Most alarming of all, there is no rear entrance through which inquiry combatants can leave to thwart the press. David Pipe, the old Club spokesman, must be turning in his mausoleum. It is another matter for the in-tray of the modern chief of damage limitation, John Maxse.

In the Shaftesbury hearing room there is no walnut panelling, wigs or gavel. It is all rather disappointing. The reality is beige carpeting, white walls and, in the absence of the mob clamouring for a jockey's head, the gentle hum of air conditioning.

But, here in the heart of theatreland, showtime remains. The experienced racecourse stewards Tim Bell, John Wallinger and Stephen Allday were yesterday asked to consider the events of 24 January at Dunstall Park.

For those determined that the Jockey Club remains little more than a Star Chamber of the privileged the portents were reassuring. All three of the adjudicators were middle-aged and spectacled and, especially damning, two of them wore pinkie rings.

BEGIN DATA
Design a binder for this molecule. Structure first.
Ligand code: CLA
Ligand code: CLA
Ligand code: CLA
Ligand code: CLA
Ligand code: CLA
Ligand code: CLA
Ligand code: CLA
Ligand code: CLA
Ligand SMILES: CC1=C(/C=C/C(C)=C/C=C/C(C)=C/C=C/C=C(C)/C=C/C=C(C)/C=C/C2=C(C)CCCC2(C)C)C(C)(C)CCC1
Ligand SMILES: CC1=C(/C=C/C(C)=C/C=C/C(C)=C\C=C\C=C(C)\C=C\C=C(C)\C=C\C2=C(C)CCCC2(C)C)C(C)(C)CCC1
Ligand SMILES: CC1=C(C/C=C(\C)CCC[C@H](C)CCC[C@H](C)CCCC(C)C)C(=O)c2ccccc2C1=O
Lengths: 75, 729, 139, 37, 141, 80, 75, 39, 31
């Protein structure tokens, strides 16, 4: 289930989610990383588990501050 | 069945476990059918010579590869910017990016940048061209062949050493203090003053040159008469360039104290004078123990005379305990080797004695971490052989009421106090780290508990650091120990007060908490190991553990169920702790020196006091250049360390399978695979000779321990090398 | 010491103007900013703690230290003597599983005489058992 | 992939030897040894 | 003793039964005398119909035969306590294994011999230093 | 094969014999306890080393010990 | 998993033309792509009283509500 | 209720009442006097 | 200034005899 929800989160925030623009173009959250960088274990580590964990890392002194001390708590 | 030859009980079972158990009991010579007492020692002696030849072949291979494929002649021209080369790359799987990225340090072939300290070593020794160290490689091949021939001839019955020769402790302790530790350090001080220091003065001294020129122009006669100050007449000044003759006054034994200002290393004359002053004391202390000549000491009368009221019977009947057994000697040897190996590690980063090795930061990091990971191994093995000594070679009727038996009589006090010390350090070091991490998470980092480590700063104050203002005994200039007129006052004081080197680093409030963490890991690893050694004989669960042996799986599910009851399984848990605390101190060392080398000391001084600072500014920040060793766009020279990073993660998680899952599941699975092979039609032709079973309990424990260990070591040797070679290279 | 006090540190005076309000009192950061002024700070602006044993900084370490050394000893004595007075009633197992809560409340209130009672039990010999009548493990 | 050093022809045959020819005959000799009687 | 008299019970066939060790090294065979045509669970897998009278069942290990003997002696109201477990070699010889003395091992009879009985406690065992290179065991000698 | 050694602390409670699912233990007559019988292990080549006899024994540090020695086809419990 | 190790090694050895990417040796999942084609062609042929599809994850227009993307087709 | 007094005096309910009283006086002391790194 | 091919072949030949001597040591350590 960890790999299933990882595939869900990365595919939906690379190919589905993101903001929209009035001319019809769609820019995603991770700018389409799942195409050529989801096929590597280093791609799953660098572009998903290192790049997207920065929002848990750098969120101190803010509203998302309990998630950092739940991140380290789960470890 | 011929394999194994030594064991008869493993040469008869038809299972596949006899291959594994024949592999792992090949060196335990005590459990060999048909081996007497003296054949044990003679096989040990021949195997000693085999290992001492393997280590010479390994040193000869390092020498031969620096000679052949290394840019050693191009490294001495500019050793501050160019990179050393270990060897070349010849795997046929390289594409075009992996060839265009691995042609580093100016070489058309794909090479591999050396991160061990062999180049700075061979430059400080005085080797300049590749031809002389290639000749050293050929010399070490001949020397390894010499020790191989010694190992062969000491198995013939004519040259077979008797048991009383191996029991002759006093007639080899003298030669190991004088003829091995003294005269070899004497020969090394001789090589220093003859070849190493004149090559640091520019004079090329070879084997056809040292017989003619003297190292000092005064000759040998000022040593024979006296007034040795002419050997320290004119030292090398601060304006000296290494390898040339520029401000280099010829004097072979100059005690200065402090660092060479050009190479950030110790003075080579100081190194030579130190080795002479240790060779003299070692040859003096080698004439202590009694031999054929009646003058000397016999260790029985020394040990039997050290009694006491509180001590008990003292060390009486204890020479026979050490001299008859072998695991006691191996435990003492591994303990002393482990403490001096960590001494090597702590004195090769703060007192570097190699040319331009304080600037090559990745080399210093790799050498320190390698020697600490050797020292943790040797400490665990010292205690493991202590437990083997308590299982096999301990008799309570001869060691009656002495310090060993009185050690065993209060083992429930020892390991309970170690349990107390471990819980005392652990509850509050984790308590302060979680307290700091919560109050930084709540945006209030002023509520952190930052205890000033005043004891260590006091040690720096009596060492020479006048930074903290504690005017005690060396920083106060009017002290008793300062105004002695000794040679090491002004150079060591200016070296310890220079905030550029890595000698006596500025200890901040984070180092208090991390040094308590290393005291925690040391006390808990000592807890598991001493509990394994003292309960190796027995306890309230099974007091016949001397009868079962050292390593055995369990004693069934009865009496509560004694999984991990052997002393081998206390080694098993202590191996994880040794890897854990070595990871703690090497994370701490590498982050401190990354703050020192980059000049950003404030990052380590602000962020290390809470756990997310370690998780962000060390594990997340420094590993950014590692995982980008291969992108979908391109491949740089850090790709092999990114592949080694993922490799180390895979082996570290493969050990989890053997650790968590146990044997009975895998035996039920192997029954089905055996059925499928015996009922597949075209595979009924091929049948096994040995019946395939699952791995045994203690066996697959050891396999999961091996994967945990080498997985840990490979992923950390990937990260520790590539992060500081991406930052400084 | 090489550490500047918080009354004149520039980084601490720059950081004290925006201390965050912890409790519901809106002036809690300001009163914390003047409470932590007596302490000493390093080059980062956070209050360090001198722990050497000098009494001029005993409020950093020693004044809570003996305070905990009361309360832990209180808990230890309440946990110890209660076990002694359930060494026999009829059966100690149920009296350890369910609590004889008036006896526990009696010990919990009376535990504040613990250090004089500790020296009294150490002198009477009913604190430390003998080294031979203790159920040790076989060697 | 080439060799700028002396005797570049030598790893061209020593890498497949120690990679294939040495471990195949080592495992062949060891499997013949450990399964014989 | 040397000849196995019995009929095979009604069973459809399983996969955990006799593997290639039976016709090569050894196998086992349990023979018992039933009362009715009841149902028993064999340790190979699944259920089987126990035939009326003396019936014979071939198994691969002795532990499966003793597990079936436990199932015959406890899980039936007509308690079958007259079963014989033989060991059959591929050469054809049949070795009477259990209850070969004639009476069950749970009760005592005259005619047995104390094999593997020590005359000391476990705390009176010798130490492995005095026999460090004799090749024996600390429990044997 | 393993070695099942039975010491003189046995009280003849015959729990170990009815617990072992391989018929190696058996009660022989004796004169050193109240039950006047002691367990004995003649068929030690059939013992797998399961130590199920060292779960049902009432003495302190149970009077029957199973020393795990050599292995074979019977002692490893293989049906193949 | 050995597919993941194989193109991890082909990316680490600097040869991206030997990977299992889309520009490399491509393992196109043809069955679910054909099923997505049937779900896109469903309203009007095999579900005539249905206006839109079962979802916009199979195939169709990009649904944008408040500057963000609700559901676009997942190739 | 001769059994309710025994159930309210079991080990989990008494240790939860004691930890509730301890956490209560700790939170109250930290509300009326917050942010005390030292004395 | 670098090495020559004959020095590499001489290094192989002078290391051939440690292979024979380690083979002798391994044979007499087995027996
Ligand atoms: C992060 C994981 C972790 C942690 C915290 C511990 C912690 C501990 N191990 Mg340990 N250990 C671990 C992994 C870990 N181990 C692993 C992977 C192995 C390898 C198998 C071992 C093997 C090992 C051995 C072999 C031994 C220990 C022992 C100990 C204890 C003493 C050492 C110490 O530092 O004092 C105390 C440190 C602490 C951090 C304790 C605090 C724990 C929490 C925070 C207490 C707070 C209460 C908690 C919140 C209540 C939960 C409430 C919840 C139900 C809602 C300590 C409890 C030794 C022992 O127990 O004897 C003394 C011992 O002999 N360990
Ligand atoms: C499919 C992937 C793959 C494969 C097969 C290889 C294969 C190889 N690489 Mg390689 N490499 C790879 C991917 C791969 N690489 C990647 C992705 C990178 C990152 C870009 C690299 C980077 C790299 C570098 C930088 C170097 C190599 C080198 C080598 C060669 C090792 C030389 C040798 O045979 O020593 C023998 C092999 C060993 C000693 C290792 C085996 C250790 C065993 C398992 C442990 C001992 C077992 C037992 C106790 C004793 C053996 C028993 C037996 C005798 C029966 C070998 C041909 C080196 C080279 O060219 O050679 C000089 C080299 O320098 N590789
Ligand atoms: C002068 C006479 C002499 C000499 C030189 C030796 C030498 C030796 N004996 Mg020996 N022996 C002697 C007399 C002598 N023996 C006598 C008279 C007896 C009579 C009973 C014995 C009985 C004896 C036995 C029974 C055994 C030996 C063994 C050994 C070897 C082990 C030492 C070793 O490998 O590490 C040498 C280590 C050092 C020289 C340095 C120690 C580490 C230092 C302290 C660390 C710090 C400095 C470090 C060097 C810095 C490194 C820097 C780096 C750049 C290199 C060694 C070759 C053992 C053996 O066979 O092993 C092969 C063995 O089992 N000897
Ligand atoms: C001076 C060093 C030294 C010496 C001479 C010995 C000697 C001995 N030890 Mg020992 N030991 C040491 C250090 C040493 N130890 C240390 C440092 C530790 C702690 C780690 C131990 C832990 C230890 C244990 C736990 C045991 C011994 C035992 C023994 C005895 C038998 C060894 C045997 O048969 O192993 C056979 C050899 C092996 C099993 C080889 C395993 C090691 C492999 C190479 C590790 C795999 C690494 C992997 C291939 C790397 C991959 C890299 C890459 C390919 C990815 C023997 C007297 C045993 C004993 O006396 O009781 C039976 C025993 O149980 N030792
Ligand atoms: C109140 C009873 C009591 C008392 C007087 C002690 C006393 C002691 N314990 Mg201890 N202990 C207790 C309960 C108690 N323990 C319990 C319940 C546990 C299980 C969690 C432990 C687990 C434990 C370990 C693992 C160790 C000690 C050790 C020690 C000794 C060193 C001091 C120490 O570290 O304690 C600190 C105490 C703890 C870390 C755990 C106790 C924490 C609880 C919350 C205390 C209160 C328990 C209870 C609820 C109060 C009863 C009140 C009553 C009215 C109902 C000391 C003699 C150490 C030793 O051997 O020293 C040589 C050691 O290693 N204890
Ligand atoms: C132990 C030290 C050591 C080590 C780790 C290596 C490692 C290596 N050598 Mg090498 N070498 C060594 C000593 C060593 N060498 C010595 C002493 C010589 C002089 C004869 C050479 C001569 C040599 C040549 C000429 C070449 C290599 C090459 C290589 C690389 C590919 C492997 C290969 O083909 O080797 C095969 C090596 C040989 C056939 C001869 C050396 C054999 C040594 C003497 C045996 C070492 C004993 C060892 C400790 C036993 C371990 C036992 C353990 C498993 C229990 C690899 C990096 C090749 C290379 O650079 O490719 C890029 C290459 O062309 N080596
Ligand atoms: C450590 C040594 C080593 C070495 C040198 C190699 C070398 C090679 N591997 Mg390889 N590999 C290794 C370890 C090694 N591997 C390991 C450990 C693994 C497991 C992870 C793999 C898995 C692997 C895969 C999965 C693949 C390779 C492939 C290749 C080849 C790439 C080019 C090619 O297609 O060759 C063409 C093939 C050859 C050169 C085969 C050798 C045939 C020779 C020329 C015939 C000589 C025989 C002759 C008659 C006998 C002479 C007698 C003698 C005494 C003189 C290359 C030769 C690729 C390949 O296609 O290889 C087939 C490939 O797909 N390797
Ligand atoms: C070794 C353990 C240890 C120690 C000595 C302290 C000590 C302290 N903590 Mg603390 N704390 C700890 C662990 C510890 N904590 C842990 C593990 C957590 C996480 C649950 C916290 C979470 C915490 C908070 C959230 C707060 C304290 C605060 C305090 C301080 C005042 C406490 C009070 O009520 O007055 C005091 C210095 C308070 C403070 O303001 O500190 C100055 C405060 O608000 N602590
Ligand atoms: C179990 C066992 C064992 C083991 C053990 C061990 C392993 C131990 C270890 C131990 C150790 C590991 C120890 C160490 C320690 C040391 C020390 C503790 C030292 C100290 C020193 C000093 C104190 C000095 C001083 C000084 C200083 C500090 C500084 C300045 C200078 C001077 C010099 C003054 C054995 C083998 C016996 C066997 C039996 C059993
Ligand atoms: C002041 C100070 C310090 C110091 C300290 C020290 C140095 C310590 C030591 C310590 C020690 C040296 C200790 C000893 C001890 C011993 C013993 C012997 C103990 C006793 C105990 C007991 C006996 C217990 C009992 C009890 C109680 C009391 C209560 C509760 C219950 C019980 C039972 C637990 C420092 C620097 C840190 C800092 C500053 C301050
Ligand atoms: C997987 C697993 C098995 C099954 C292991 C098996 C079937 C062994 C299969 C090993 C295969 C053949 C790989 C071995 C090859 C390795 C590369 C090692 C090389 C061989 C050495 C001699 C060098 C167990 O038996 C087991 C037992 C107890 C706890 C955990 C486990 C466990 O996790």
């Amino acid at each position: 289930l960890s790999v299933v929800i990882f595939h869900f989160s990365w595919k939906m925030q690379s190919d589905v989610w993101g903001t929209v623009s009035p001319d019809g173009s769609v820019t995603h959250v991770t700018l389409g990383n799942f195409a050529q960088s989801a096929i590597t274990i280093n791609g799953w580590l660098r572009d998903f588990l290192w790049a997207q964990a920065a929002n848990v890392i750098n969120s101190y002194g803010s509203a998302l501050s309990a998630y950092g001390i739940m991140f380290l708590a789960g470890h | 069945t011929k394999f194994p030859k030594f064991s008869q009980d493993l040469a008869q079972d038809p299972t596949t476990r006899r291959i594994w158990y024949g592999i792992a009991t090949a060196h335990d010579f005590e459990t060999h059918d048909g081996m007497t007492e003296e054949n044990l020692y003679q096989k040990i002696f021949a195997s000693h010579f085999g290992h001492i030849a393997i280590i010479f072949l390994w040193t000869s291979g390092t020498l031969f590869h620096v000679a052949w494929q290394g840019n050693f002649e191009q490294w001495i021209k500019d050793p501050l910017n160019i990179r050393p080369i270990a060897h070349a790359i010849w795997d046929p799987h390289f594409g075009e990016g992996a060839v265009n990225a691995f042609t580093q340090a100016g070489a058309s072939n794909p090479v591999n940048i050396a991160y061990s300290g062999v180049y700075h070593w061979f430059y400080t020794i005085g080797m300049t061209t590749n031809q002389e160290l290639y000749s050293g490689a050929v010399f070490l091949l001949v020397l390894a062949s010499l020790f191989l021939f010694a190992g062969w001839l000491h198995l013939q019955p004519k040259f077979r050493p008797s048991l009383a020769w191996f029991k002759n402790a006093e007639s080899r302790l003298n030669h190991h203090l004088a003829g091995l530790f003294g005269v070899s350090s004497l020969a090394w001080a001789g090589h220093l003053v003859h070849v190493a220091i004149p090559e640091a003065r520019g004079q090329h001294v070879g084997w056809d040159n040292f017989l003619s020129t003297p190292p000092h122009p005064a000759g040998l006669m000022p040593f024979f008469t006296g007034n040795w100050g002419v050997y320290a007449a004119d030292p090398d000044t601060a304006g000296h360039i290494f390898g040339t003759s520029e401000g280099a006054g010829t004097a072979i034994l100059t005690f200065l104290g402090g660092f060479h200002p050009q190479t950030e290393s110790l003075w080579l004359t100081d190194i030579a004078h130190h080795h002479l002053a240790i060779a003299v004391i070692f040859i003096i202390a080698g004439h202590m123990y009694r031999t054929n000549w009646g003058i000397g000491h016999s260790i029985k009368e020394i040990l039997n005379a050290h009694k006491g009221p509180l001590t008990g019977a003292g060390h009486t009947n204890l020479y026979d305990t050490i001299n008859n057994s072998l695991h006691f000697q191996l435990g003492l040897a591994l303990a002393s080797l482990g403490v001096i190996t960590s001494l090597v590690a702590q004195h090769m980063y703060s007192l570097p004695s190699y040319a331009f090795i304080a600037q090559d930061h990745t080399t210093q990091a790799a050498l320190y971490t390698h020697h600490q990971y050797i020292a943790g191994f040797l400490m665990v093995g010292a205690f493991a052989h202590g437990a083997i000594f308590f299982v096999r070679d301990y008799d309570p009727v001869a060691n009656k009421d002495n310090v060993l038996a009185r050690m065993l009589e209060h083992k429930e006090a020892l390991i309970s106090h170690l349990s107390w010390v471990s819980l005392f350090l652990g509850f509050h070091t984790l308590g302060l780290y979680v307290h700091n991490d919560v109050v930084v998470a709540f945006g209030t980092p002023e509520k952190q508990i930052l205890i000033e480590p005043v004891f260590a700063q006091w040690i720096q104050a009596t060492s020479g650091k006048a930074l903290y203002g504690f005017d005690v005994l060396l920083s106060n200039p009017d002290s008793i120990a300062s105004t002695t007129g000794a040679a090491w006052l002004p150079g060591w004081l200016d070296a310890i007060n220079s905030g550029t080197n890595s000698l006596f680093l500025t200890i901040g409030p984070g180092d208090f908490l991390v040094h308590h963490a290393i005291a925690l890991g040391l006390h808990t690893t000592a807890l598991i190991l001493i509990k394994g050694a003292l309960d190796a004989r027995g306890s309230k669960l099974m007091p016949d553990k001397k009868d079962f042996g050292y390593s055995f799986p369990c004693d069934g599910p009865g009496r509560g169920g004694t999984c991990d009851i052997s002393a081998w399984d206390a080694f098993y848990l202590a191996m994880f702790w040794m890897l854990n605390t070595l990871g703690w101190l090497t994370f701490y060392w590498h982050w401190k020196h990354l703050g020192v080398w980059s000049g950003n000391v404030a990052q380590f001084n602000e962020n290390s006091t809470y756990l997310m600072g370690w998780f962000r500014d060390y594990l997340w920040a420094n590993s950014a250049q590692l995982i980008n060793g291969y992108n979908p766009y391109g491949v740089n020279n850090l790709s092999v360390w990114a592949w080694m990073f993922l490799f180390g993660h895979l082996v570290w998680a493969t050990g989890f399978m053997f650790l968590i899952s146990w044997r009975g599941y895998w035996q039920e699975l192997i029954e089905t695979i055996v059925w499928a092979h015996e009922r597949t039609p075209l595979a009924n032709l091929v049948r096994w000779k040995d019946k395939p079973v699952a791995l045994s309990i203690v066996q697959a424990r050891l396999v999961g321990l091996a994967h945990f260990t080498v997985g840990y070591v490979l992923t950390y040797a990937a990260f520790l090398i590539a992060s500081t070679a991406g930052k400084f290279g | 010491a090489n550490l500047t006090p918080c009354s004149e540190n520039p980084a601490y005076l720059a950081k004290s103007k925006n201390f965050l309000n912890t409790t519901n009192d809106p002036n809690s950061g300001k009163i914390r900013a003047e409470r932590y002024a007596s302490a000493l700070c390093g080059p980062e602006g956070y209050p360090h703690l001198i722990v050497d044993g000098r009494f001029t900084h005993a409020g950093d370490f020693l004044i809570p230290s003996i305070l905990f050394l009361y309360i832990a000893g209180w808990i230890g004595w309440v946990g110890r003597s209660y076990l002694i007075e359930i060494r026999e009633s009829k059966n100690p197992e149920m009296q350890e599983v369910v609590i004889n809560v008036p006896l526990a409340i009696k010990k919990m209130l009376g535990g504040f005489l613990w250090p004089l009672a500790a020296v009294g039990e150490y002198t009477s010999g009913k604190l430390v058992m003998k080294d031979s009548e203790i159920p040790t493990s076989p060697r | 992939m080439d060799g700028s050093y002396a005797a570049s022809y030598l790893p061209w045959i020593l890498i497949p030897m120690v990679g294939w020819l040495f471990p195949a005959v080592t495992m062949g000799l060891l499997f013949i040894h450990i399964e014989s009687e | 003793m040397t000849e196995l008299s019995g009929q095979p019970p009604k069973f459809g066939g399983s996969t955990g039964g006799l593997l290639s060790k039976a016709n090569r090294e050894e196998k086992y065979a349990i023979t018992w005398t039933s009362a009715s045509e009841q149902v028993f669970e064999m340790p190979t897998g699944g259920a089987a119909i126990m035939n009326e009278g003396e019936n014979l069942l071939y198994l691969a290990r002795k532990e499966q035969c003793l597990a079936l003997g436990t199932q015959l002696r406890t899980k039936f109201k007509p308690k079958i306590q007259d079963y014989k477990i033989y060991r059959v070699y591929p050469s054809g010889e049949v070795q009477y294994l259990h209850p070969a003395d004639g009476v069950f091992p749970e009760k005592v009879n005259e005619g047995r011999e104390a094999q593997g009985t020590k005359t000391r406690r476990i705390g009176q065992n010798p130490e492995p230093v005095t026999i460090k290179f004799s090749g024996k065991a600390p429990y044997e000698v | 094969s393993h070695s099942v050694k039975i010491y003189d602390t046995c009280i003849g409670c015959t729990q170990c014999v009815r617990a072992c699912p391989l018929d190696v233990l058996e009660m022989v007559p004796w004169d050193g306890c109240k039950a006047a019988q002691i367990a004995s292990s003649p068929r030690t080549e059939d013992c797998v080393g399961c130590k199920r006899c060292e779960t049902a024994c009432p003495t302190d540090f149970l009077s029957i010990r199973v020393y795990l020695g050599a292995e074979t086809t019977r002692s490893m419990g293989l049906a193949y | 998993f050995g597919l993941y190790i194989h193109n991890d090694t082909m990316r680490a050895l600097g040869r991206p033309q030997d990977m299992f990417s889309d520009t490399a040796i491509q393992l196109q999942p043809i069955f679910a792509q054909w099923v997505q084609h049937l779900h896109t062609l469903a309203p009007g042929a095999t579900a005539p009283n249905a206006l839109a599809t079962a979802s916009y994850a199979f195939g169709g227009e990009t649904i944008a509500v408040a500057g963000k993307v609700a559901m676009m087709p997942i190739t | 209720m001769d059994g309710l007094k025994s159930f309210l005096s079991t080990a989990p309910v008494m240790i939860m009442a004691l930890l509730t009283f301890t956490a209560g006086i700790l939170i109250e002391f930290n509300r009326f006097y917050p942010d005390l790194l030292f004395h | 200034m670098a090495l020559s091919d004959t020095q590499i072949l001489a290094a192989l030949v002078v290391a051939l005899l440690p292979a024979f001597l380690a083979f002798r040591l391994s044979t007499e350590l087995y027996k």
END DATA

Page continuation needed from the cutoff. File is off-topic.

There was repetitious video playing of a scrimmage, the like of which is witnessed every day on the sharp bends of our all-weather racecourses. The learned judges determined that the problems were caused neither by Stubbs nor her fellow jockey, Alan Daly, who was another contender for the chop. It was their opinion that it was accidental interference caused by a another runner, Silver Island, dropping back through the field.

The strange thing about this interpretation for the lampoonists was that it was wholly accurate. Everyone emerged happy, especially Stubbs, who had listened to Daly and fellow rider Joanna Badger be rude about her riding.